Pitching and Tommy John Surgery. Is Your Child Next?

From 1996 to ’99, Dr. Andrews performed Tommy John surgery on 164 pitchers, 19 of whom were high school aged or younger. From 2004 to ’07, those numbers had increased to 588 total pitchers and 146 high school or youth league players — a sevenfold increase.

The recent 18 inning battle between Jesuit and Rummel in baseball has gotten a lot of national attention lately, and not just because of how good the game was. Each starting pitcher threw over 150 pitches. And as a result the question of pitch count has come up again.  How many pitches are too many?

The research has found the following results:

  • Pitchers aged 9-14 throwing 75-99 pitches/game have 52% increased risk for shoulder pain
  • There is a 234% increased risk of elbow pain with 600-800 pitches/season
  • 80 pitches/game leads to 4x greater chance of requiring elbow/shoulder surgery
  • Competitive pitching for greater than 8 months/year leads to 5x greater chance of requiring elbow/shoulder surgery
  • Fatigued pitchers have a 36x greater chance of injury

These stats should be alarming, especially if your child is playing travel ball or on multiple baseball teams. Throwers are limited by their throwing mechanics, their  strength, their stability, and their physical maturity. Too much throwing can certainly leave a player at risk for permanent damage.

But like any learned activity pitching improves with practice. And more repetitions can help the athlete to become proficient. Unfortunately with repetition comes the risk of overuse injuries. And so for athletes there is always a balance between doing enough to master their craft, and doing too much causing injury and damage.

For us in the injury prevention and rehabilitation, the question is how can we help protect athletes and make them more suited for their athletic activity. One clear step is to develop more educated parents and players.

The first way for a parent to help their child avoid injury is to get involved in the process. Give your child the tools he needs to succeed and pay close attention to your child’s behavior. Here are 4 ways to help limit your child’s risk of throwing injury:

  1. A physical evaluation: Strength, flexibility, muscle balance, and coordination are all keys for good pitching mechanics. A physical therapist, an orthopedist, or an athletic trainer with experience in sports medicine would be a great start to identify potential weaknesses.
  2. Technical training: Good throwing mechanics are essential. Have a specific throwing/pitching evaluation from a knowledgeable coach.  Someone who has experience at least at the college level is recommended. But do your home work and select your coach wisely.
  3. Regular monitoring– injury checks:  Have your child’s arm assessed regularly throughout the season. More often as soreness and the season goes on. A physical therapist, orthopedist, or athletic trainer who is active with sports medicine and rehabilitation can be very helpful in determining how much your child should be throwing.
  4. Stay engaged: Bottom line is that as a parent you need to be engaged and pay attention. Children want to perform, they want to please, and they want to perform well. Sometimes to their own detriment.  You know your child better than anyone else. Don’t be afraid to step in and get help.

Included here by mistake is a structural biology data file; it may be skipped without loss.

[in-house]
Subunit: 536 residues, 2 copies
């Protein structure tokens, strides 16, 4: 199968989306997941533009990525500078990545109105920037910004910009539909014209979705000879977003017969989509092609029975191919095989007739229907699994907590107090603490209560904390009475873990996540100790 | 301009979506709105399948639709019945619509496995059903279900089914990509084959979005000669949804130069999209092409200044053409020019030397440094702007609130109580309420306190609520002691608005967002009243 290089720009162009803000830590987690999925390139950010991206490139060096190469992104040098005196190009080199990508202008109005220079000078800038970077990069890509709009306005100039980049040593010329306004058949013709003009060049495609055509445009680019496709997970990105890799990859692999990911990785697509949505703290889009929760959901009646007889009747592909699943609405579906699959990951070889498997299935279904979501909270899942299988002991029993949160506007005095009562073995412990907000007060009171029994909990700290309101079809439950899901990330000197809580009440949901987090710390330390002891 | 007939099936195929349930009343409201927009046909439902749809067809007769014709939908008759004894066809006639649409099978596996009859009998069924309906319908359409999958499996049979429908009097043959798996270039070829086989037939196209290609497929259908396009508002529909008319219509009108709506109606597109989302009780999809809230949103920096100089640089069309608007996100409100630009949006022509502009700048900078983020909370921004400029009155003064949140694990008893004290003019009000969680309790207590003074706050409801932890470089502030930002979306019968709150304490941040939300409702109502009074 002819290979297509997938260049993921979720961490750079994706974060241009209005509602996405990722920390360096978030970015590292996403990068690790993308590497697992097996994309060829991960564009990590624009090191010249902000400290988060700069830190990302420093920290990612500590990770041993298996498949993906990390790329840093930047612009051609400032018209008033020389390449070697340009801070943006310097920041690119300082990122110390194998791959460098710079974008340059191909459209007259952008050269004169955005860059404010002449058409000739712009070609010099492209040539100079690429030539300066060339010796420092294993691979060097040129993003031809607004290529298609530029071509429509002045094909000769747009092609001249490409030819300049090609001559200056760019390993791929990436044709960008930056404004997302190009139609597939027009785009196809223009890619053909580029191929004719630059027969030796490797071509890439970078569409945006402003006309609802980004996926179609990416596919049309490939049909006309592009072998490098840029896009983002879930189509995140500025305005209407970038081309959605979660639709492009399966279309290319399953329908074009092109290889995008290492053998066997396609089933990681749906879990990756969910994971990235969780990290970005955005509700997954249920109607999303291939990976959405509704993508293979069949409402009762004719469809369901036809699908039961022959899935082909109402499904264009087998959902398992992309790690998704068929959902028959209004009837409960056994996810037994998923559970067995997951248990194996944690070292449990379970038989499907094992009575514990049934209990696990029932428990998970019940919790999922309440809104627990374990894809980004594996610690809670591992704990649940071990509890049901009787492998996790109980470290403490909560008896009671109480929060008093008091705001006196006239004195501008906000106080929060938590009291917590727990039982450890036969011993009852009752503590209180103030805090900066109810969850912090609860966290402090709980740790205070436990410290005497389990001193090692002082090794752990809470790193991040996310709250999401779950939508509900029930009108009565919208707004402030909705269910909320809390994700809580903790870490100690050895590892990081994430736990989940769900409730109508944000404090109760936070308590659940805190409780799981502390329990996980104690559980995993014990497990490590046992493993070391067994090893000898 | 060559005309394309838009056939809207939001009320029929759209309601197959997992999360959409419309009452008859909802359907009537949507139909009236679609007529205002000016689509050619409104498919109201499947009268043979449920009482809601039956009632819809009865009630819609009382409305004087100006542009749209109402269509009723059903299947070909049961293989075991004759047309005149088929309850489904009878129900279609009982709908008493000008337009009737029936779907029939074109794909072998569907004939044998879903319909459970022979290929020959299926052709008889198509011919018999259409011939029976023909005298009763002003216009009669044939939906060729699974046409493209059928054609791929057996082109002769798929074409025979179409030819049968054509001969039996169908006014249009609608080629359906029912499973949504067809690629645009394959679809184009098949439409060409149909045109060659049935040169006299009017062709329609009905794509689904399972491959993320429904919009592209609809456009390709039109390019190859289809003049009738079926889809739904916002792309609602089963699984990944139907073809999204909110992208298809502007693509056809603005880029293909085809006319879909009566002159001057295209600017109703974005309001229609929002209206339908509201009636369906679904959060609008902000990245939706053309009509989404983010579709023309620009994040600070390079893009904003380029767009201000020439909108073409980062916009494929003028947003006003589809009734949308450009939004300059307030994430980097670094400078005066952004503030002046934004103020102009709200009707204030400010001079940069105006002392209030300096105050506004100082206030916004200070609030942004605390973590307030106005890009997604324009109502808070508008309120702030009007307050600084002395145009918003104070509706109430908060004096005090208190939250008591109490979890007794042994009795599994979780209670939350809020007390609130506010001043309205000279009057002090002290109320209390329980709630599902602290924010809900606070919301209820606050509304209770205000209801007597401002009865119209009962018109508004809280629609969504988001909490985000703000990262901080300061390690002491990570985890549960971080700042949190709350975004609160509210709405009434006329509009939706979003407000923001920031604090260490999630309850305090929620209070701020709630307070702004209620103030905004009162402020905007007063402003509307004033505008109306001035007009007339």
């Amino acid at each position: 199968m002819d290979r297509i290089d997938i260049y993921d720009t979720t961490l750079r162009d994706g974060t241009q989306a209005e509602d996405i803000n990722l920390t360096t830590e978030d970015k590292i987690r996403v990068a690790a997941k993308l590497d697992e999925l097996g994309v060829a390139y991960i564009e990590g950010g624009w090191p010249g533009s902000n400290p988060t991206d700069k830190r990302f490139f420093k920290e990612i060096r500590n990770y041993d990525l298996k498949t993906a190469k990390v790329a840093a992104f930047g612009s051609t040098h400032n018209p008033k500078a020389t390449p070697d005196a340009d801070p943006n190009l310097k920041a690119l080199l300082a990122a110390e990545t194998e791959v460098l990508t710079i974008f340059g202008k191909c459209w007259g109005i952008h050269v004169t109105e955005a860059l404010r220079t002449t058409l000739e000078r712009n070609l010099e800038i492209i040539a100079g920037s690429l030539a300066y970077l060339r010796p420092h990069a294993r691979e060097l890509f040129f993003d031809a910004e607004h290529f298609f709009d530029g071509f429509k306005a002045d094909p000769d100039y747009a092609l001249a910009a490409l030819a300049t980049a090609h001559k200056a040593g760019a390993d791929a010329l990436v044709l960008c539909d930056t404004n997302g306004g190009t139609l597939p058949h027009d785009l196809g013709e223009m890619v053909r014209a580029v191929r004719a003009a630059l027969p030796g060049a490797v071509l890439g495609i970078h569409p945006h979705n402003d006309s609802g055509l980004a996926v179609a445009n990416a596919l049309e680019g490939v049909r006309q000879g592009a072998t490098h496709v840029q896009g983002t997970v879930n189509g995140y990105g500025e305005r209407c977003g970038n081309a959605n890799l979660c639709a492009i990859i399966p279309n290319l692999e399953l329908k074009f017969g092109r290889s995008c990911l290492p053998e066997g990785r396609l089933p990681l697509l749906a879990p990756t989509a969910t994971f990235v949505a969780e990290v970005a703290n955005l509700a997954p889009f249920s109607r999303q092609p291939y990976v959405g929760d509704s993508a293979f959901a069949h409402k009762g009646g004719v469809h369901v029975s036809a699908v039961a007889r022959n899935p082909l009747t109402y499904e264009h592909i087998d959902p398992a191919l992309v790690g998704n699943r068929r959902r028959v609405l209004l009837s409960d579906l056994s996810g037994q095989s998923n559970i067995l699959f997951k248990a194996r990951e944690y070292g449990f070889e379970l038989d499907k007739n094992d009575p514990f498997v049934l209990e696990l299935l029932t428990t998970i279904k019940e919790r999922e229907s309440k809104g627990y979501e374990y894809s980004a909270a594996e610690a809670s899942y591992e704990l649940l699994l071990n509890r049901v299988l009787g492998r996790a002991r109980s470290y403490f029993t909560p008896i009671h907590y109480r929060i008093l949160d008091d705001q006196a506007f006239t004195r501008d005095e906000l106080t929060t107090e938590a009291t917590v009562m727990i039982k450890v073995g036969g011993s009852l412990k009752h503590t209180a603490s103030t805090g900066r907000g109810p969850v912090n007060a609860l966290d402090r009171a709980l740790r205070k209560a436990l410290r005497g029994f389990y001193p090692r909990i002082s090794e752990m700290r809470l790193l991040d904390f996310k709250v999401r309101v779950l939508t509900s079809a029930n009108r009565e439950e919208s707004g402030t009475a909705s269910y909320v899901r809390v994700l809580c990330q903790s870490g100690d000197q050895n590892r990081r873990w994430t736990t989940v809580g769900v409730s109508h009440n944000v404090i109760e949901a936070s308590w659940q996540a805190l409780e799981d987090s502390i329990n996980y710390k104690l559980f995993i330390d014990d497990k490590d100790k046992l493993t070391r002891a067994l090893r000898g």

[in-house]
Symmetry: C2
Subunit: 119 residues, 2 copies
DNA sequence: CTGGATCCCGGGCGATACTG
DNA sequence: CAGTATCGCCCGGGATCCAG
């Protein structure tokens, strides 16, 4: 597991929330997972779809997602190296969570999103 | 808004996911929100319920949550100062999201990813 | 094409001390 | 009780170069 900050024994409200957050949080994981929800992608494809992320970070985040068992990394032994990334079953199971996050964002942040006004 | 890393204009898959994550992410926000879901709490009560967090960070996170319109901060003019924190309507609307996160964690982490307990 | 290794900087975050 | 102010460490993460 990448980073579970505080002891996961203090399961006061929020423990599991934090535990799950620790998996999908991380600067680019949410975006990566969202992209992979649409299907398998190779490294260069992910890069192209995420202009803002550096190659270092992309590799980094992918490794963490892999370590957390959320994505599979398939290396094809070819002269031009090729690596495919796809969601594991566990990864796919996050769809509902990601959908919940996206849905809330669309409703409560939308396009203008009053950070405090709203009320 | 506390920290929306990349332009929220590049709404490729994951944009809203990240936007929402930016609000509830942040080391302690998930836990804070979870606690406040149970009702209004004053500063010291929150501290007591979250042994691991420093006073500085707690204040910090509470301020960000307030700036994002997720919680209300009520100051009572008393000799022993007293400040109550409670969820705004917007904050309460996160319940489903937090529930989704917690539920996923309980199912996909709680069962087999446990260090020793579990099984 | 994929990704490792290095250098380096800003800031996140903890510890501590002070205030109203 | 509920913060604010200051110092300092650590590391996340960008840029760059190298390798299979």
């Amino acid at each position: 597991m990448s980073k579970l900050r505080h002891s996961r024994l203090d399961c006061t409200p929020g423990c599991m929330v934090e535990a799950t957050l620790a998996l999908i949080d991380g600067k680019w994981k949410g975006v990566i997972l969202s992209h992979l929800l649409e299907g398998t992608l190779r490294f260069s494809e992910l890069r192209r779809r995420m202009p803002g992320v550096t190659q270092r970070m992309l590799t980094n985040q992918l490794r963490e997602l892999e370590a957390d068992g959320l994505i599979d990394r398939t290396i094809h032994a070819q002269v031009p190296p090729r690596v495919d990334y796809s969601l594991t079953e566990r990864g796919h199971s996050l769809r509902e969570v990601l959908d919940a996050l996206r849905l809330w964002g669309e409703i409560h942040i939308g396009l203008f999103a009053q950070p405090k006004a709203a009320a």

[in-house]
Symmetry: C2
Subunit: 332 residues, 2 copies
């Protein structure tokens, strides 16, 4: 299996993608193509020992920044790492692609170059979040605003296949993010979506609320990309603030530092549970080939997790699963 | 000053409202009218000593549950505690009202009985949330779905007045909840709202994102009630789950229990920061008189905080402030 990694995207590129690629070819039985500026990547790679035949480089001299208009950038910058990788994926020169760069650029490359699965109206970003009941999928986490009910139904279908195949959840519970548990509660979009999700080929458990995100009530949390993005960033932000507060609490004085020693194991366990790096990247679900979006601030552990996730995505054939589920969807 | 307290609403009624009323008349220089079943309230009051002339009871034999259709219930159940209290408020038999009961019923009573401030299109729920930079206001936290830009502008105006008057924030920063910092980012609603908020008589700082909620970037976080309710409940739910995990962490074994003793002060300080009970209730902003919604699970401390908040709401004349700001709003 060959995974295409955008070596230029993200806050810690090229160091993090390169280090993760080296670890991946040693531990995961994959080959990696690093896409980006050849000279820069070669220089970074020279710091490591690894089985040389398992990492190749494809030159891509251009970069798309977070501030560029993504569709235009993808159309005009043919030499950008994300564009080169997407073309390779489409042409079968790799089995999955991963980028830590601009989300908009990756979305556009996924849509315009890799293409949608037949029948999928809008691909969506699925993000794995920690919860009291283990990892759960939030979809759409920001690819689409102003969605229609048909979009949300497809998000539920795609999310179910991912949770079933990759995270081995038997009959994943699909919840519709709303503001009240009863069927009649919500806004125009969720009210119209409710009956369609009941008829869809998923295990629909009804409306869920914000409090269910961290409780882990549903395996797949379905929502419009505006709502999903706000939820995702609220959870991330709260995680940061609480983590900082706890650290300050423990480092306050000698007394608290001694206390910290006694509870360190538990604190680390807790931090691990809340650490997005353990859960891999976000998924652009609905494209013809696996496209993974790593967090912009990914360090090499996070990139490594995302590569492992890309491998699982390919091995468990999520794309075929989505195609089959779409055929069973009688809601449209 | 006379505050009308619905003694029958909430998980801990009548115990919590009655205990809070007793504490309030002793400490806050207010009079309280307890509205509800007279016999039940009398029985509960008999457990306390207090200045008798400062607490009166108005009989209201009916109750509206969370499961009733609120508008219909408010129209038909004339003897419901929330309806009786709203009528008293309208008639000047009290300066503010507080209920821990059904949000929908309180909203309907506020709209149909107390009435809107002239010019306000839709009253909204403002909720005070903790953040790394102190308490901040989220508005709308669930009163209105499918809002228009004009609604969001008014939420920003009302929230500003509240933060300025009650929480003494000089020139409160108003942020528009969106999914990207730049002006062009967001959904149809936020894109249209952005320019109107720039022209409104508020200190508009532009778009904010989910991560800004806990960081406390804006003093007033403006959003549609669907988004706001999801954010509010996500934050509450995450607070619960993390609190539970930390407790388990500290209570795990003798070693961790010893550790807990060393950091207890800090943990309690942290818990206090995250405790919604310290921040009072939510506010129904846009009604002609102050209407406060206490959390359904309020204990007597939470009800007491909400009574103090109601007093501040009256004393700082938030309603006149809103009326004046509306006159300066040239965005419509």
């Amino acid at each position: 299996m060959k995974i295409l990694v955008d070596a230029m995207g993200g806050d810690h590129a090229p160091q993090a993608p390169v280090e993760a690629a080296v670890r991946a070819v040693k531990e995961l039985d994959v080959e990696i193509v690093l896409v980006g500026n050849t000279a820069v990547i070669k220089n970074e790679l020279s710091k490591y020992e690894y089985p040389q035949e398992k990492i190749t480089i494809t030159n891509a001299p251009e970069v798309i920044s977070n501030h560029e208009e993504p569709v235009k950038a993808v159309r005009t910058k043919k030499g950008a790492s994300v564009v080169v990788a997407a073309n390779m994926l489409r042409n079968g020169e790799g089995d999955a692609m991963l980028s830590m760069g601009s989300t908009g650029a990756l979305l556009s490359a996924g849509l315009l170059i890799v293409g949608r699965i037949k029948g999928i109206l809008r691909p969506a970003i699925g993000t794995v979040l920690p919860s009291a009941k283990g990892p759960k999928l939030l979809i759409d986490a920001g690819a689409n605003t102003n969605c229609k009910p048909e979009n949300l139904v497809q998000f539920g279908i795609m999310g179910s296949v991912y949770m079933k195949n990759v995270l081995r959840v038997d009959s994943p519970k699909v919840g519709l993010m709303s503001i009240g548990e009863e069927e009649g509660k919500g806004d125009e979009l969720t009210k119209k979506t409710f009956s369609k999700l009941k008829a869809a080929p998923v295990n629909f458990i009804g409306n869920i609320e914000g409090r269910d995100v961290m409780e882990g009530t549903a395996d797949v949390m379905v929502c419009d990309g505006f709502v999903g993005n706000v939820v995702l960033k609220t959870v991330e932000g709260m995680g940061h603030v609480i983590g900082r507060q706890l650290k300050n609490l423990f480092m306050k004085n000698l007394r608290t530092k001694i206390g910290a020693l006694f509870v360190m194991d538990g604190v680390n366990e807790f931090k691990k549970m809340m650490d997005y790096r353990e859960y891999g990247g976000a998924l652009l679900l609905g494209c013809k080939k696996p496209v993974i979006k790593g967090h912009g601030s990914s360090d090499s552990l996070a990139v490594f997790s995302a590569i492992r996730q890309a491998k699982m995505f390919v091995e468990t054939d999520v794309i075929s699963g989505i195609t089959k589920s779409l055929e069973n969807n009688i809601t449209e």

For a FREE consult,  more information on throwing, injures and specific training,  call or stop by our office, like us on Facebook, or follow us on Twitter.

Here are 2 great resources for more information on pitching injuries:



Strength Training for Baseball Pitchers

Overhand throwing, whether for baseball or football, places unique demands on the shoulder joint – this most crucial for baseball pitchers. The first training consideration any pitcher should have is the health and stability of their shoulder. The act of throwing places considerable stresses on the shoulder that can lead to the development of muscle imbalances and injuries. Pitchers and quarterbacks can incorporate these simple exercises into their warm-up to improve shoulder health.

Coaches also need to consider shoulder health when implementing a strength program for throwers. Many athletes, especially in high school, tend to work the muscles they can see more often. Throwers need to develop many muscle groups, including muscles they can’t see when they look into a mirror. This means developing the supportive muscles of the back. Two great exercises for developing strength in the area are seated rows and pullups. I recommend doing two sets of pulling exercises for every set of pressing exercises you perform.

Throwers also require tremendous leg, hip, and core strength to meet the needs of their sport. Increased leg drive can be achieved by incorporating lower body exercises like squats, lunges, and deadlifts. In order to achieve better hip strength you can perform lateral plyometrics like the ones in this video. Core strength is involved in all the above mentioned lifts but can further be improved up by the inclusion of planks, bridge variations, and rotational ball throws. Incorporating these exercises into any thrower’s workout program will help prevent injuries and increase the athlete’s throwing power.

For additional information, check out these videos on baseball injury prevention and throwing dynamics.

Image credit: via flickr chemisti